What is a chemistry panel?
A chemistry panel is used to evaluate internal organ function (liver, kidneys, gastrointestinal tract) and electrolytes that when abnormal, may be indicative of various disease processes. Abnormalities in liver function parameters (glucose, albumin, bilirubin, BUN – blood urea nitrogen, and cholesterol) and liver enzymes (ALT, ALP, AST) may suggest underlying liver dysfunction or damage, or may be due to administration of certain drugs such as steroids (which commonly leads to mild to moderate liver enzyme elevation). Elevated kidney values (BUN and creatinine) and abnormalities in certain electrolytes (calcium, phosphorous, potassium, magnesium) may indicate underlying renal insufficiency or dehydration. While some of these parameters when abnormal are suggestive of certain conditions or side effects of specific medications, they generally are not specific and may be due to a variety of issues (or may also be insignificant in some cases). As a result, abnormalities on a chemistry panel may prompt your veterinarian to recommend further diagnostic testing and/or empirical treatment.
How is a chemistry panel useful for cancer patients?
Certain cancers that may present with diffuse organ involvement (such as lymphoma, certain leukemias, histiocytic disease, and mast cell tumor) may lead to alteration of certain parameters, specifically elevated liver enzymes and kidney values or altered protein and electrolyte levels consistent with gastrointestinal involvement. Solid tumors that spread internally can also cause similar abnormalities. That being said, many patients with cancer (even when diffuse) will have a completely normal chemistry panel, and often, cancer patients will exhibit abnormalities (such as elevated liver/kidney values) that are unrelated to the cancer. In these situations, advanced imaging (such as ultrasound and/or CT scan) will be recommended to search for structural defects in organs that can be aspirated (or biopsied) and submitted for cytology (or histopathology).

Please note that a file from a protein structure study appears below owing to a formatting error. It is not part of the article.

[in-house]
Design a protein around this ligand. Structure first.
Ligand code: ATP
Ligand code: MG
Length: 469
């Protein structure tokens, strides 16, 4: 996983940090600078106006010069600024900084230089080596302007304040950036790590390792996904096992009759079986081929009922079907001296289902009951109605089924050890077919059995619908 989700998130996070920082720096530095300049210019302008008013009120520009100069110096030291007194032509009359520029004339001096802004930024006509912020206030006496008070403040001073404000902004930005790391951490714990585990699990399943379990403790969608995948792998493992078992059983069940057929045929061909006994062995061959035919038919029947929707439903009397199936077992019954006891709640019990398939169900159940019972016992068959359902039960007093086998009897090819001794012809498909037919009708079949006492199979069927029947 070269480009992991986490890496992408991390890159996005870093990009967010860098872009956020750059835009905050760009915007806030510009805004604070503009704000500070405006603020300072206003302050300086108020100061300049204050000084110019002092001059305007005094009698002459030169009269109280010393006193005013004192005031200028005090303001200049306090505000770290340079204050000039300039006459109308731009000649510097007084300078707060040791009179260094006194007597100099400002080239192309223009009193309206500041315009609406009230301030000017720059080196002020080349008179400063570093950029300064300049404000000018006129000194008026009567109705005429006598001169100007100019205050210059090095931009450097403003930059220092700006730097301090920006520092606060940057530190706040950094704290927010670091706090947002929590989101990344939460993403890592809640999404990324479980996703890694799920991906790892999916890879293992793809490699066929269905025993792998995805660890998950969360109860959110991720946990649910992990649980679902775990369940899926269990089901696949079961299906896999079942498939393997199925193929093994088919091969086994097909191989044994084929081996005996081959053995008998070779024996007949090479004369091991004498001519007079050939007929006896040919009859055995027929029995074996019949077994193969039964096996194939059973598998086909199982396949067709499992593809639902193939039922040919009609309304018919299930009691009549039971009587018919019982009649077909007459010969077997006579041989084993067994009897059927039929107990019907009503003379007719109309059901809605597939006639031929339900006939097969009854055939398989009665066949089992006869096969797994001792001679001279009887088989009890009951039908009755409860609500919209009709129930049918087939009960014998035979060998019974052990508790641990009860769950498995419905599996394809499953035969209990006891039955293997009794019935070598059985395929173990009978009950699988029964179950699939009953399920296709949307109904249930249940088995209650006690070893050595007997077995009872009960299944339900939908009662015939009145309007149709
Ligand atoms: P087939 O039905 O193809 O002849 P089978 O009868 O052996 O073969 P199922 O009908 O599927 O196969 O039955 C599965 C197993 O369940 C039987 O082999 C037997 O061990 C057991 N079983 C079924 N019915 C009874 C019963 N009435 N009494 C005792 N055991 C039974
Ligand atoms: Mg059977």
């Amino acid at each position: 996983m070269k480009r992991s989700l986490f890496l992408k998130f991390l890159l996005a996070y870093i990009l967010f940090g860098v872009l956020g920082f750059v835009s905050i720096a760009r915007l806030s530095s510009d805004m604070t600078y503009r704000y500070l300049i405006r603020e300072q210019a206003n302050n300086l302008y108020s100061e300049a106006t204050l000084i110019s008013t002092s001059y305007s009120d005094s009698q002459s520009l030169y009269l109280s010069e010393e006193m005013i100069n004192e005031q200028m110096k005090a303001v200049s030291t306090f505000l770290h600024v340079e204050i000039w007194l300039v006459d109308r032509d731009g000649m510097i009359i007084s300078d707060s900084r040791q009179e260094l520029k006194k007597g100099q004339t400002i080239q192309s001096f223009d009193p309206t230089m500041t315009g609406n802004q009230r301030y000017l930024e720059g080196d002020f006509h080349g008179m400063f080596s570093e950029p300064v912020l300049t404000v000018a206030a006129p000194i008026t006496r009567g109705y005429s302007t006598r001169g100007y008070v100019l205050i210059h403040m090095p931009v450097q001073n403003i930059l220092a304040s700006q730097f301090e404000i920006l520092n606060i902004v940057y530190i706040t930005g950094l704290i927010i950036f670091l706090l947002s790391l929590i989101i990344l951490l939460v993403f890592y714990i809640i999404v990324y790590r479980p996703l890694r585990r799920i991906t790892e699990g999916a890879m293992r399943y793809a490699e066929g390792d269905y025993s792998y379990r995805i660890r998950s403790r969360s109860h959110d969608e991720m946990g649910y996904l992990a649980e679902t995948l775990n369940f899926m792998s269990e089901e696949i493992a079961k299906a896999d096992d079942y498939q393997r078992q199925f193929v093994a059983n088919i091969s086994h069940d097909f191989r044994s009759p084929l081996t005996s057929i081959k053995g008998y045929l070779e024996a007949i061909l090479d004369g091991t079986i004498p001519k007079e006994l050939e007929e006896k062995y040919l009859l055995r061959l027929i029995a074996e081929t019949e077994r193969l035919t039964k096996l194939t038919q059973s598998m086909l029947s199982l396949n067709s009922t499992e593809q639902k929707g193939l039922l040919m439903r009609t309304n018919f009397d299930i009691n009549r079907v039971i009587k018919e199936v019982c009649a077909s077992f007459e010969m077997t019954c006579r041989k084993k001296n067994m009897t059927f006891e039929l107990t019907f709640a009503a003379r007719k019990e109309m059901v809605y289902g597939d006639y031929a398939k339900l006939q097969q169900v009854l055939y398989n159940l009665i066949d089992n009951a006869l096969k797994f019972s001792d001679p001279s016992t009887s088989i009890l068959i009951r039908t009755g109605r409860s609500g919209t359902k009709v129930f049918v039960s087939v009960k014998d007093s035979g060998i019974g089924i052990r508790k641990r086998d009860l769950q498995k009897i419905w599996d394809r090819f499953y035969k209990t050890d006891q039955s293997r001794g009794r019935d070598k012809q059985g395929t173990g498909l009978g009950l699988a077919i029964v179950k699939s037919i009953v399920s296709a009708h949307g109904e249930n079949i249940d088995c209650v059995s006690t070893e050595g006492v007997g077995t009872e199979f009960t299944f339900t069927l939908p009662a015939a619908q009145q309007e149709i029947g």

In addition, evaluation of internal organ function is essential prior to administration of any chemotherapeutic agent. A variety of chemotherapeutic agents are metabolized and/or excreted by the liver or kidneys, so it is important to know if these organs are abnormal prior to giving certain drugs.